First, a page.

Woodstock Institute identifies trends and impacts of the foreclosure crisis and works to limit foreclosures’ negative effects on communities.
This report summarizes some of the successes of the work of the organizations that participated in the Regional Housing Partnership (RHP), which was supported by the Chicago Community Trust.
This report examines the development, implementation, and modification of the Circuit Court of Cook County Mortgage Foreclosure Mediation Program as it related to the court process for handling foreclosure cases to learn lessons that may be applied to address the negative impacts of the next crisis.
In this first part of our Theory of Change series of blog posts and images, Woodstock President Dory Rand explains the ways in which Woodstock Institute is working to achieve our mission of creating a just financial system in which lower-wealth people and communities, and people and communities of color, can achieve economic security and community prosperity. In this series, our research and policy staff will discuss the strategies we use to effect positive, lasting financial systems change.
Illinois’s legislative session is in full swing, and Woodstock is monitoring many bills that fall within the scope of our mission: to create a just financial system in which lower-wealth persons and communities as well as people and communities of color can achieve economic security and prosperity. Here are some of the bills that we are supporting this session.
The Chicago six county region had an 11.2 percent decline in foreclosure filings, and Chicago a 9.6 percent decline, between 2014 and 2015. Chicago Community Areas with the greatest declines from 2014 to 2015 include Armour Square (60 percent), Forest Glen and Oakland (43 percent), and Irving Park (39 percent).
Presented by Spencer Cowan at the South Side Builders Association
By Maureen Foertsch McKinney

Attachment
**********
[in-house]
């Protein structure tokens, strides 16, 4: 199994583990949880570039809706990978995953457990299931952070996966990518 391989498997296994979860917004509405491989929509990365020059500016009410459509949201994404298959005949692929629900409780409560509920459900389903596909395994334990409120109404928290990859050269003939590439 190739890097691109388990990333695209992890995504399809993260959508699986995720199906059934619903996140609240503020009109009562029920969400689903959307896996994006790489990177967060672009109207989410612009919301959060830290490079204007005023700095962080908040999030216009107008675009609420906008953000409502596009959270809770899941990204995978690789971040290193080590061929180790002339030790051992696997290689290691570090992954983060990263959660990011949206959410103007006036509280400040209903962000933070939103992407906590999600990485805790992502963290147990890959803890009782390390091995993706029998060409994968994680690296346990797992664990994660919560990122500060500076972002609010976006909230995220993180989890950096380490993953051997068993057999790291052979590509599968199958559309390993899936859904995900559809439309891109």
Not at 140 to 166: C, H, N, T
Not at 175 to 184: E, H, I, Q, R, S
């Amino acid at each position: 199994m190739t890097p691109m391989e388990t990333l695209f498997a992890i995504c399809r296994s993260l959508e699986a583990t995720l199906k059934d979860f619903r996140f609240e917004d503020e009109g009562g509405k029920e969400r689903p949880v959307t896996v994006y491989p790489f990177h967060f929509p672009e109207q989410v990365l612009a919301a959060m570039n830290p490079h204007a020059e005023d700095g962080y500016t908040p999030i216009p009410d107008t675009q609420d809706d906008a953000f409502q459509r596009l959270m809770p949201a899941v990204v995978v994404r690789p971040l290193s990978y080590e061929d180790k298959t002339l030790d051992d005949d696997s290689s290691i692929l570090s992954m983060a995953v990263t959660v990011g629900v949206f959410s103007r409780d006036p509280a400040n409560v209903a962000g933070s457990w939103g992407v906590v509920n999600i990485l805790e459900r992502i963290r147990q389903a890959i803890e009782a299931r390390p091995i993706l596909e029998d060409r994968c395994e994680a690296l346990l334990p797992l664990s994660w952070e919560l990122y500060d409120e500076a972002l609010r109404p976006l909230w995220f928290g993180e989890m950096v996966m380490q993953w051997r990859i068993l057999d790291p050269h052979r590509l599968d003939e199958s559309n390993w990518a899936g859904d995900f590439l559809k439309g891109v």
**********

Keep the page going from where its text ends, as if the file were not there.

Tristian Ellis’ test scores in reading and math dropped dramatically this fall from last. The difference: the Ellis family had its own apartment last year. Now, the family of four stays in a shelter on Chicago’s far north side.
By Dan Weissman
Homes that are underwater — mortgaged for more than they’re worth — represent a much smaller fraction of the housing market than they did a few years ago, according to a new report from RealtyTrac, a real estate data company. However, some parts of the country are doing much better than others.
By James Fuller
The millions lost by expelling federal inmates from Kane County jail can all be balanced out with corresponding expense cuts, according to Kane County Sheriff Don Kramer. But he's still going to need an additional $800,000 to stay out of the red this year.
By Cara Ball
James Woods is enjoying the renovations recently made to his Austin home.
The 45-year resident of Austin was one of dozens of West Siders whose homes got special attention April 25 from Rebuilding Together Metro Chicago, a volunteer organization that works to revitalize low-income housing and communities.
By John Gamino
322 South Laflin is a brick, two-story apartment building with broken windows and an unlocked front door. It wouldn’t look inhabited save for a few bottles of shampoo visible in one of the windows of the upper floor. It completed foreclosure in June of last year, when, like most foreclosures, it was sold back to the mortgage lender, Selene Finance LP.
By Teresa Puente
From an antique mall on the far North Side’s Edgewater to Mexican restaurants in the Lower West Side’s Pilsen and homes on the SouthSide’s Marquette Park, where the Rev. Martin Luther King Jr. once marched for housing justice, there are “Chuy” signs.
By Shawn Davis